Once the old grips are off, put the shells back on the bars and get ready to put on the new grips.
Install New Grips
Treat the inside of the grip with isopropyl alcohol to make it easier to slide onto the bars, and do your best to keep the grip straight as you install it to keep its pattern straight.
Avoid puncturing the grips with the handlebar hands by slowing down as you near completion. If applicable, now’s the time to bolt those bar-end weights back on.
To ensure the sticky rubber isn’t hindering the throttle operation by catching, twist the throttle back and forth and make sure it snaps back on its own.
Make sure to also read our article about how to fix a faulty motorcycle switch.
What Can I Use to Clean My Handlebars?
Goo Gone adhesive remover, or a similar product, is the most efficient way to clean stale glue left on your handlebars after removing your old grips.
If the leftover adhesive is hard and tough, hit it with a heat gun or blow dryer until you’ve reactivated the glue. Once you’ve wiped away as much of the freshly activated bonding agent as you can, remove the rest of the residue with Goo Gone, or a similar product.
Goo Gone adhesive remover is citrus-based, and although it’s not sensitive, it’s not particularly severe either, meaning it won’t cause damage.
Petro solvent work too. Although it can be less desirable to smell and work with, it performs the same trick. Both Goo Gone and Petro solvent brands offer spray gels now, so that makes it easier on your hands.
Methanol is another product that’s a suitable gunk-killer that doesn’t damage the paint.
Either product and some good scrubbing will get those handlebars spic and span in no time. Still, be sure to wipe off all the residue before installing your new grips.
Also read our article about how to tell if motorcycles have bad brakes.
Why Do Handlebars Get Sticky?
Handlebars are made sticky by a combination of sun, heat, sweat, grime, grease, dirt, and the chemicals present in mosquito repellent and sunblock.
Parking your bike in the sun is a sure-fire way to wear those grips down to their melting point.
Some moto-rippers sweat more than others, maybe because they grip harder-perhaps they ride in hotter climates that cause harder sweating.
Rubber grips, in particular, absorb oils off our skin. Dust and road grime mix with the sweat and form a resin-type layer to make the grips sticky or slick.
Another factor is the rubber material used to make the rubber grips. It’s a natural progression for some rubbers to age with time and use, especially if the rubber is forged from a high percentage rubber compound.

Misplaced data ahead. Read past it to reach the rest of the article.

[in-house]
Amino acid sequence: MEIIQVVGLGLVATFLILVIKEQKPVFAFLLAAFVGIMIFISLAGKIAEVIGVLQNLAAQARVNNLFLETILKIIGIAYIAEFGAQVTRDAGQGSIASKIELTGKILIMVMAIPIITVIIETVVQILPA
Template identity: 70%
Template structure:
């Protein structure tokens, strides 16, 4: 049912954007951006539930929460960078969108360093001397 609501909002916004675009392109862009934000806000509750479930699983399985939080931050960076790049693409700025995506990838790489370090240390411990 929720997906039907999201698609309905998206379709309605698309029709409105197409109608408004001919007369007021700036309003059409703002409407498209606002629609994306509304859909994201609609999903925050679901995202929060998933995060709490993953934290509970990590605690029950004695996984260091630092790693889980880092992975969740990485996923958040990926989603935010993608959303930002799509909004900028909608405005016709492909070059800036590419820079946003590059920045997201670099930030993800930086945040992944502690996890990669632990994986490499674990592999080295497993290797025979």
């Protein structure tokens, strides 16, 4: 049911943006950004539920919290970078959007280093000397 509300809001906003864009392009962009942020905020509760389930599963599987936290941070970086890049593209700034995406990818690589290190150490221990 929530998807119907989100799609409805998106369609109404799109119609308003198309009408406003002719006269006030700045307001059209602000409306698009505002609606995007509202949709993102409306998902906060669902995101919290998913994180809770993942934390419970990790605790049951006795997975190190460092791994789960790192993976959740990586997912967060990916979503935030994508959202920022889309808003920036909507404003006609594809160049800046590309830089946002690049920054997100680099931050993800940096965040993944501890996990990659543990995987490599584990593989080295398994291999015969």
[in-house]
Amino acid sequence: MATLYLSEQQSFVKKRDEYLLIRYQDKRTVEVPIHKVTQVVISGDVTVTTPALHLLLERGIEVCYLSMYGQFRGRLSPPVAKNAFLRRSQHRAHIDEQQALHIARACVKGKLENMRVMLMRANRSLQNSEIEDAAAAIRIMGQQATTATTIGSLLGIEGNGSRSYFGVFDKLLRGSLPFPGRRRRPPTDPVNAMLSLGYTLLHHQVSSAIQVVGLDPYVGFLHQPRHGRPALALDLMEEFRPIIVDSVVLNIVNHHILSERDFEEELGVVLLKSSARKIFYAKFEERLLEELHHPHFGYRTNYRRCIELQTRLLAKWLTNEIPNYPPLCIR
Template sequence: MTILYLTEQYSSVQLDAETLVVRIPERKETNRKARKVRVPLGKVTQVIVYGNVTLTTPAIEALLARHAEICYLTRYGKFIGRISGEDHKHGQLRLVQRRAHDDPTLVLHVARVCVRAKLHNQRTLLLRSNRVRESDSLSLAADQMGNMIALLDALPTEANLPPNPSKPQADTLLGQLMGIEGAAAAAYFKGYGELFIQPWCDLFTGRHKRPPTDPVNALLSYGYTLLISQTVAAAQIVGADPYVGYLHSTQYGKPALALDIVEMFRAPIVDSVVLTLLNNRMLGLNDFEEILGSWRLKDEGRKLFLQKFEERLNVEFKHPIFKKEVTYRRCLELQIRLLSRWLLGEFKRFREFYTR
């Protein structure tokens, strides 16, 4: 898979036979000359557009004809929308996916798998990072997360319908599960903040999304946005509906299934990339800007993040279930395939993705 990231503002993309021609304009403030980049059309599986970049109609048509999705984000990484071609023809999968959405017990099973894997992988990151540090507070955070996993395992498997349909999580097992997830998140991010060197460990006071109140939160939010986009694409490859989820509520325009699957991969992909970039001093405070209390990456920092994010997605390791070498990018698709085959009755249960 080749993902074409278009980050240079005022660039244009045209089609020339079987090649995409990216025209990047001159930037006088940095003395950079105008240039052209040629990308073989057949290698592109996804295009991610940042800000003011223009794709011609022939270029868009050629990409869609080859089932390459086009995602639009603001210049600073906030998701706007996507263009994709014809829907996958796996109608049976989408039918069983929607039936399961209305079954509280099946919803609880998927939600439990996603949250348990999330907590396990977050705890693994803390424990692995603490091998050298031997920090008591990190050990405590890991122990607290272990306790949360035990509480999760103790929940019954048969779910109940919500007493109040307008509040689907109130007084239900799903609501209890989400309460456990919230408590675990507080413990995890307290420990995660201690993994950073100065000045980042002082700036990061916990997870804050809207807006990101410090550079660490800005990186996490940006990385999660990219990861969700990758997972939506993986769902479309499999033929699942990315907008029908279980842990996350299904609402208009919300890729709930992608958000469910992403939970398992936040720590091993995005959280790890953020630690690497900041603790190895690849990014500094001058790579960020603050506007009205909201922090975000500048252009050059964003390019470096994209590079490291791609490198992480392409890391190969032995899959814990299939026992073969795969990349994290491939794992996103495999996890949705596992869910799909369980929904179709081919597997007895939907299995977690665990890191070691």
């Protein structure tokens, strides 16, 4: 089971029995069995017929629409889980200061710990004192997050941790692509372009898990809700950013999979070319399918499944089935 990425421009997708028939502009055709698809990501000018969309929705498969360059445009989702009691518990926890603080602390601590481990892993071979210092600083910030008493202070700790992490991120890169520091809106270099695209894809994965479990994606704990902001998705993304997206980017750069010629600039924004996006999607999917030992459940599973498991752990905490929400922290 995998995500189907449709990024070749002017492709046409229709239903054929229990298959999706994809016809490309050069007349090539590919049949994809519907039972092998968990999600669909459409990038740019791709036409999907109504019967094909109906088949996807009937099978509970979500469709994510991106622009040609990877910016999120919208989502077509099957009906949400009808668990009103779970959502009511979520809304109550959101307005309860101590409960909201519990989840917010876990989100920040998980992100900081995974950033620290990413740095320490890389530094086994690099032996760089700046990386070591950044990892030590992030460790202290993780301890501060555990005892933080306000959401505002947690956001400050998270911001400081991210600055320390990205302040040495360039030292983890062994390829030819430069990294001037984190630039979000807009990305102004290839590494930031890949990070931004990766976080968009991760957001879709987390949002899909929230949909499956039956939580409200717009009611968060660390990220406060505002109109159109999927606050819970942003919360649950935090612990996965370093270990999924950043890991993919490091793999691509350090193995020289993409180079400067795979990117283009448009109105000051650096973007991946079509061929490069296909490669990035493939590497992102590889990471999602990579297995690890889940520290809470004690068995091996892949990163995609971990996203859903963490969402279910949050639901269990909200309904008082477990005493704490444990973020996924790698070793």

These compounds are more susceptible to wear and tear, whether from sitting in the sun or from oil and grime absorption.
Grips made from certain compounds degrade over time on their own. Newer grips tend to have more integrity and can be cleaned off with a degreaser and behave like new. Whereas the old and cheap “soft” kind of rubber degrades fast in a way that you can’t clean since the grip itself is what’s melting into goo.
If you’re like me and you live in a hotter climate, you need to be careful. Also, if you clean your bike with chemicals, you’re more likely to see sticky grips.
While on the subject of chemical compounds, be wary of spraying Deet-based insect repellent by your motorcycle or riding with it on your hands. Deet has compounds that melt plastics.
Particular sunscreens can have this effect also, so try your best to keep your hands clear of chemicals when you’re ripping roads and gripping grips.
Should I Use Grip Glue on My Handlebars?
If you want to use adhesive, various types of “grip glue” are on the moto-market.
Ensure you slid the grip on before the adhesive dries, though, and be aware that the adhesive will make it more difficult to remove the grips in the future.
Adhesive can also clog stuff up, though, which is why many mechanics suggest alcohol.
Whether you used alcohol, soup, or grip glue, however, let the grips sit; don’t mess with them and don’t go for a ride until you’re sure they’re dried in place. If they slide around after they’ve sat overnight, you probably used too much of whatever you settled on using.